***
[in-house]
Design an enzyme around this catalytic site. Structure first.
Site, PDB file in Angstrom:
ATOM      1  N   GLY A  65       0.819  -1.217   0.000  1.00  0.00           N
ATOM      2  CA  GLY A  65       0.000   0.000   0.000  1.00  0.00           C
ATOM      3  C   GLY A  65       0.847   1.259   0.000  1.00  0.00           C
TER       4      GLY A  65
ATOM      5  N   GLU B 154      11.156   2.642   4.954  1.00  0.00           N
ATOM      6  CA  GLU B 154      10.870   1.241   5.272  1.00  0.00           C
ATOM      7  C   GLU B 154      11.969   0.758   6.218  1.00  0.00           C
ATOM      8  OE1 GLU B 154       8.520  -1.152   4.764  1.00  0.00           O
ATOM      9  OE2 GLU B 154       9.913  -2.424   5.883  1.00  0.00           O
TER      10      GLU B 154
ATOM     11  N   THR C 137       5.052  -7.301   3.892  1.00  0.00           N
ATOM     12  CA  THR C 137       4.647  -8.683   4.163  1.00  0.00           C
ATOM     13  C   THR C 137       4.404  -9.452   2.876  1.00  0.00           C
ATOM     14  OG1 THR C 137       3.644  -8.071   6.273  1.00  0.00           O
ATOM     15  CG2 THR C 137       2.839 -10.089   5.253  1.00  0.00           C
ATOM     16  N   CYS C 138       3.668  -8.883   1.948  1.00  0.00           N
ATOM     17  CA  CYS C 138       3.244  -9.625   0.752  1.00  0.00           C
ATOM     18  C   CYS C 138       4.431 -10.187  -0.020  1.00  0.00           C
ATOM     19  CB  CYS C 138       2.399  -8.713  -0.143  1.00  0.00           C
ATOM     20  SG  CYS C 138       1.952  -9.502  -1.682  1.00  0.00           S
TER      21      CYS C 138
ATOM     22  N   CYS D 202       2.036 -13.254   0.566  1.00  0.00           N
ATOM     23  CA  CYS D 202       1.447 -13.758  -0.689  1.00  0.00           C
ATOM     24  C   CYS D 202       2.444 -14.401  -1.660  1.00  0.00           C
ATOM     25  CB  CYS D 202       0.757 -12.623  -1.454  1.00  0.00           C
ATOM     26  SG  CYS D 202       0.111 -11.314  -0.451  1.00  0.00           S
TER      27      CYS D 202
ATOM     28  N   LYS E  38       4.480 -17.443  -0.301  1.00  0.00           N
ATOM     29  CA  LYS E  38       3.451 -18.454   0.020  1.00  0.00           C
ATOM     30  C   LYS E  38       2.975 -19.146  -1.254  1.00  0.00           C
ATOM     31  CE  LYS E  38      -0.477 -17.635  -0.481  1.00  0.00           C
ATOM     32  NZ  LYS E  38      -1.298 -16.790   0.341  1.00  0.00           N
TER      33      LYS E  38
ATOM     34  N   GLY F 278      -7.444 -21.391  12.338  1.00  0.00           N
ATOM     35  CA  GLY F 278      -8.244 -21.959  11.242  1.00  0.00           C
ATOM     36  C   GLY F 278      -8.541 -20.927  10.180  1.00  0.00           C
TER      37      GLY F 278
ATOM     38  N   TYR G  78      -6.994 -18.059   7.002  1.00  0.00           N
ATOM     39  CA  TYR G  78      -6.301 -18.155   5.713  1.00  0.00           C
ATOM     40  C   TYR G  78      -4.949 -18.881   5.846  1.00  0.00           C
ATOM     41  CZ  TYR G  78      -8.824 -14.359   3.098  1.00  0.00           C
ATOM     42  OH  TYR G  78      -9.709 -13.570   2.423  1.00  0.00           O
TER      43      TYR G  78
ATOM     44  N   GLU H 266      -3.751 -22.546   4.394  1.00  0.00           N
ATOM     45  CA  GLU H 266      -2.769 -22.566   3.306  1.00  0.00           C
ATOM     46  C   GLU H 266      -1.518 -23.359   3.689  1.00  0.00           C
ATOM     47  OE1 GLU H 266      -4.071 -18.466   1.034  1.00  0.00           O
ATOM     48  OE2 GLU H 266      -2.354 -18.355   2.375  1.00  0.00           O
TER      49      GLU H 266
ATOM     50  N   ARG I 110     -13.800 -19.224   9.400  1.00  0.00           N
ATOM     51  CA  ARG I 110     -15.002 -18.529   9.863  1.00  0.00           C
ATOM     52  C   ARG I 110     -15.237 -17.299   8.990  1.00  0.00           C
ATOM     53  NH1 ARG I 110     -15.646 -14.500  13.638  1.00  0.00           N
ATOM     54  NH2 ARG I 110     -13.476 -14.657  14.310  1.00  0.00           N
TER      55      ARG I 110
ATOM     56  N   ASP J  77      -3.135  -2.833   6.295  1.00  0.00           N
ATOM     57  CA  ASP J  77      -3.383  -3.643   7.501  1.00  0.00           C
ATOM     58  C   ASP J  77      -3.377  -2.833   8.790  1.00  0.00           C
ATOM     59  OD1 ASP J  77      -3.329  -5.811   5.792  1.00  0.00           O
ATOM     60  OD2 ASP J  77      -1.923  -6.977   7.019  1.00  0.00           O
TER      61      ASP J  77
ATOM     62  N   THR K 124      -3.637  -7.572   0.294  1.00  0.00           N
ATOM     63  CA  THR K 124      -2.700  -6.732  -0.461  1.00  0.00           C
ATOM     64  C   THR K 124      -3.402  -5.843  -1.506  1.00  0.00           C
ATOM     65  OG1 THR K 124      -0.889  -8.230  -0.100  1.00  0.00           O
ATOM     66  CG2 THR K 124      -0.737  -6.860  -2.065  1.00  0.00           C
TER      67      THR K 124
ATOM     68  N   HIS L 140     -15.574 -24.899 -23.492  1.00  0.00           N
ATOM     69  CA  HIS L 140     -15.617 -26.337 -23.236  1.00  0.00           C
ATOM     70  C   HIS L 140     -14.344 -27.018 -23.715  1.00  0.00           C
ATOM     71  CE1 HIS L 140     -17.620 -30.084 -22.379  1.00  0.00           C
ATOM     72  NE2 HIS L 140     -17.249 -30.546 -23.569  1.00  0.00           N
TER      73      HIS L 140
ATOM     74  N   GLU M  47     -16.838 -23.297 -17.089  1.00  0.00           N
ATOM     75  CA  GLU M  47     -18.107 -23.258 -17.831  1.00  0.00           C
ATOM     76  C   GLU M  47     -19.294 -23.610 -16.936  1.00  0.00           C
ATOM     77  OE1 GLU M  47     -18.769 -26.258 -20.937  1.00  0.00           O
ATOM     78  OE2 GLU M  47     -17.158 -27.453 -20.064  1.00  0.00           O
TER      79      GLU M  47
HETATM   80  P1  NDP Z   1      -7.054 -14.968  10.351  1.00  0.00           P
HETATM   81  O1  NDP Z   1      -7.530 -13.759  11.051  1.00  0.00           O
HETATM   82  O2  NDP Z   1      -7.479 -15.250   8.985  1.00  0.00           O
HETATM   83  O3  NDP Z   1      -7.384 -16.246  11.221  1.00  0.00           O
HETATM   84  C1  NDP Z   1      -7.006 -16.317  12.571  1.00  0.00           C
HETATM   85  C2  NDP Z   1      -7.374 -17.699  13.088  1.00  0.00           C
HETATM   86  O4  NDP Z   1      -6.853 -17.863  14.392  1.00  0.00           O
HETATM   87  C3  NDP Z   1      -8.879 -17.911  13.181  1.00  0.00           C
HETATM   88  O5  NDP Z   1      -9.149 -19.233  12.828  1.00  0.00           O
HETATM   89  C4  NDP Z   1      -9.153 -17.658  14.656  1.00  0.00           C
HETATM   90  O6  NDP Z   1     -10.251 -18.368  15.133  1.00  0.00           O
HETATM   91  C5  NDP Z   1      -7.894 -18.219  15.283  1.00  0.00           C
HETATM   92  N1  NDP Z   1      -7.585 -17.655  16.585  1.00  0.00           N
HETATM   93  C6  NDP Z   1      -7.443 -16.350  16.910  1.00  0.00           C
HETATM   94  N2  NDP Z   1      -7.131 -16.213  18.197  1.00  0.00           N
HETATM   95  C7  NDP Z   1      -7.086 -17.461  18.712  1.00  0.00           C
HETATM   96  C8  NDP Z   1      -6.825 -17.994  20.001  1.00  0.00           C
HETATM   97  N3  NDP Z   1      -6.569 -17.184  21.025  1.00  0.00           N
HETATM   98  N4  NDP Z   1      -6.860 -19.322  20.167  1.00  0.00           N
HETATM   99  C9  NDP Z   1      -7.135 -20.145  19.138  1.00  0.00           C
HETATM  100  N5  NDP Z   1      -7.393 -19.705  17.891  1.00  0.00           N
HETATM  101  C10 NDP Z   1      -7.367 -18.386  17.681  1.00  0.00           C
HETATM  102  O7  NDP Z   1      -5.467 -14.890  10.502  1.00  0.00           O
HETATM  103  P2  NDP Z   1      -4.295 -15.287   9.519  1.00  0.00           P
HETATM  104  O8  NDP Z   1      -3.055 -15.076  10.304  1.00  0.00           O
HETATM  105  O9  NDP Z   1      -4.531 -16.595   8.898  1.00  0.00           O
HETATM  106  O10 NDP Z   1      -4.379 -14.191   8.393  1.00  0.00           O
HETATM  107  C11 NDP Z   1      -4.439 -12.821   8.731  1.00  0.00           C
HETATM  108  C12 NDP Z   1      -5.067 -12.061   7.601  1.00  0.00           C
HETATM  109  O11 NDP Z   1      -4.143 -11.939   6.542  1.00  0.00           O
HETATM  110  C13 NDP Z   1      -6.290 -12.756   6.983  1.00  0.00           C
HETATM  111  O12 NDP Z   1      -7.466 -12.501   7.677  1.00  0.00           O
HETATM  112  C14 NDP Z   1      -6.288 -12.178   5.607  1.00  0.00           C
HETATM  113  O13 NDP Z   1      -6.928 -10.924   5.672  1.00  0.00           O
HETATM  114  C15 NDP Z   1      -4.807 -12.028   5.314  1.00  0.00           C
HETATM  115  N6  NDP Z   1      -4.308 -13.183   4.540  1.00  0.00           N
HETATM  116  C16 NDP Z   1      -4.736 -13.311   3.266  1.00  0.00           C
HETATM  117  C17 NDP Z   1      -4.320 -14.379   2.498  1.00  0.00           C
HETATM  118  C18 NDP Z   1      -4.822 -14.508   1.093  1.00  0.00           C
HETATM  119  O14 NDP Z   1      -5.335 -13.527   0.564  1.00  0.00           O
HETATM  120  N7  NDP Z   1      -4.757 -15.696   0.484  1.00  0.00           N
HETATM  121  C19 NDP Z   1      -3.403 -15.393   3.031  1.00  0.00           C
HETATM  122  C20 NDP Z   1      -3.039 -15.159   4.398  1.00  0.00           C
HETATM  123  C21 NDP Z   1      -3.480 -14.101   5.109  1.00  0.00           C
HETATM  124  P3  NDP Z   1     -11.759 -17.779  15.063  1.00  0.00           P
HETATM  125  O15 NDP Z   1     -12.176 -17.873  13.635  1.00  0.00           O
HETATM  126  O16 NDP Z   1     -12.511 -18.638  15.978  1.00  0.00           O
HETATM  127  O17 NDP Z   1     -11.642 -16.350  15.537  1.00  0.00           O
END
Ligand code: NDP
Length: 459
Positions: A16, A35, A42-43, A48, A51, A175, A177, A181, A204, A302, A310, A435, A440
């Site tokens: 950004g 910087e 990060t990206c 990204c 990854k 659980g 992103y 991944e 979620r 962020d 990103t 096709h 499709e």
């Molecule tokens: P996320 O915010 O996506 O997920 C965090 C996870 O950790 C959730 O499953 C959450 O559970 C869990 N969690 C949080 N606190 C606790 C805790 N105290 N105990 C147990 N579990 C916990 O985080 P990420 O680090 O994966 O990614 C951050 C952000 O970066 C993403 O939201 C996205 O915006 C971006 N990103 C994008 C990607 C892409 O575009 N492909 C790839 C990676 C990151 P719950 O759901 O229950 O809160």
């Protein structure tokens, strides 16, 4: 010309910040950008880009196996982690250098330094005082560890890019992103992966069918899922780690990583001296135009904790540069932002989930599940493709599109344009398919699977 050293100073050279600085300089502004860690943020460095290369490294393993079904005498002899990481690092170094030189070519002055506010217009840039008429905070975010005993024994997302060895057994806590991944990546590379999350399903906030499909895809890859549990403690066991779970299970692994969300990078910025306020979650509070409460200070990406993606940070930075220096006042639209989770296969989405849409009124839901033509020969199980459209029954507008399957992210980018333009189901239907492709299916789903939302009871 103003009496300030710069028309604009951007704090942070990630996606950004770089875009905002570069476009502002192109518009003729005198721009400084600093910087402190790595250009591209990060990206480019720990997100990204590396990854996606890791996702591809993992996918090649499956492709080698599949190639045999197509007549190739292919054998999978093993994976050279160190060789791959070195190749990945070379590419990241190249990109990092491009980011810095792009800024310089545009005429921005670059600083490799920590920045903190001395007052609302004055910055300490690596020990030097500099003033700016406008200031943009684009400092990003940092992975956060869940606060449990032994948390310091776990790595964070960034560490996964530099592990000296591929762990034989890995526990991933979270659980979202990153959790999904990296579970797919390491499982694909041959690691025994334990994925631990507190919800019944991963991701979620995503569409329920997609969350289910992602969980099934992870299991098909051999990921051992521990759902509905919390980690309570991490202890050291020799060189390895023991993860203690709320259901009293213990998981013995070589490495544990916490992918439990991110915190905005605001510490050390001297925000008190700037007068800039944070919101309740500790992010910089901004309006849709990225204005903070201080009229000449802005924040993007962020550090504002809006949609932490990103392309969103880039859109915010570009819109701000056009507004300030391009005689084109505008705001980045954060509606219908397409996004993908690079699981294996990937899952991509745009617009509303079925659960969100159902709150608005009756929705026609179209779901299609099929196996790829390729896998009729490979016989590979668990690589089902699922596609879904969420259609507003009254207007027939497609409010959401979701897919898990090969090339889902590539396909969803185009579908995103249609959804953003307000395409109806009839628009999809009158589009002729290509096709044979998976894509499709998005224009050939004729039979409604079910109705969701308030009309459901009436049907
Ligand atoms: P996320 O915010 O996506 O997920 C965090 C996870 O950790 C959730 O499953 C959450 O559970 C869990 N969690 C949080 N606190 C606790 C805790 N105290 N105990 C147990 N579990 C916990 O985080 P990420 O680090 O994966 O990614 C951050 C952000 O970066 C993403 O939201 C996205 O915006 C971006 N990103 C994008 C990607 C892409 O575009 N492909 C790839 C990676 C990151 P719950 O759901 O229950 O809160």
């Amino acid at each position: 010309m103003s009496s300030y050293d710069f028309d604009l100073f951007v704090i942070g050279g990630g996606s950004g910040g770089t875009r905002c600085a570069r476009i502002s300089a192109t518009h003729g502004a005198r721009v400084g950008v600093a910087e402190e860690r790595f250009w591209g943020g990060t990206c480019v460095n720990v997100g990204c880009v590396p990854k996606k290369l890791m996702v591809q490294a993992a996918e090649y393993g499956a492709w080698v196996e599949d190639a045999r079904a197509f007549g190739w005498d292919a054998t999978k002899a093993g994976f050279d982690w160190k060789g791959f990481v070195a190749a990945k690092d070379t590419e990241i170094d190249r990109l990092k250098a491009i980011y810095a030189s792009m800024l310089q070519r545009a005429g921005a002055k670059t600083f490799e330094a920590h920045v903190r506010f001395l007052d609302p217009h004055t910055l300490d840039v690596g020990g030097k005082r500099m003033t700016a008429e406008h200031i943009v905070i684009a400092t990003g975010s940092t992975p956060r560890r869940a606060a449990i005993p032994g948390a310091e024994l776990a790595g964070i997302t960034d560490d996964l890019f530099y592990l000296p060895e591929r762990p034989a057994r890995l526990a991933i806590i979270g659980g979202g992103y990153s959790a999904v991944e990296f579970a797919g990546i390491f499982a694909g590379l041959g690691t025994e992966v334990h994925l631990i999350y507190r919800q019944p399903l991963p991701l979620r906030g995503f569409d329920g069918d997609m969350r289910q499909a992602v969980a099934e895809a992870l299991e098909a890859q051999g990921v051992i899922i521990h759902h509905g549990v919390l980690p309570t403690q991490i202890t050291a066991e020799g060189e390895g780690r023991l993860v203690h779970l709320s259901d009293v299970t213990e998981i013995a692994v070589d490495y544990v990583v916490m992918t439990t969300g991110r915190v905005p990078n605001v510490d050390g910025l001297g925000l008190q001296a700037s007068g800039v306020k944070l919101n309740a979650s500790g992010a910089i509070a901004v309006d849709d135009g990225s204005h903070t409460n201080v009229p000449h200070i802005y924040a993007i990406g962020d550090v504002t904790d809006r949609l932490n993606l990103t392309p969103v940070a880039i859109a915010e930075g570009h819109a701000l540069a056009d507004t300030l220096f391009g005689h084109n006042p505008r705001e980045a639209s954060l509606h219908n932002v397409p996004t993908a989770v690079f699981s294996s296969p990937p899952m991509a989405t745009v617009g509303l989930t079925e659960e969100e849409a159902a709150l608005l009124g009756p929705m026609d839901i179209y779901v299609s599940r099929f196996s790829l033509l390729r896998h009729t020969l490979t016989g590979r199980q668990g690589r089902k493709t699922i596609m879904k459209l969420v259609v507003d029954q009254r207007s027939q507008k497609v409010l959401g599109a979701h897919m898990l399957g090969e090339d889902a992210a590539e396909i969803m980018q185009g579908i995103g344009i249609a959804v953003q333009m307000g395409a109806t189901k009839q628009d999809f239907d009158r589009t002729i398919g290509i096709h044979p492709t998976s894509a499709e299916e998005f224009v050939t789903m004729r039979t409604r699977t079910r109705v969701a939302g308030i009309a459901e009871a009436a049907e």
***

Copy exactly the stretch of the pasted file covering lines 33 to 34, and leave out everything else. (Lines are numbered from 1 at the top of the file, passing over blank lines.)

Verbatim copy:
ATOM     30  C   LYS E  38       2.975 -19.146  -1.254  1.00  0.00           C
ATOM     31  CE  LYS E  38      -0.477 -17.635  -0.481  1.00  0.00           C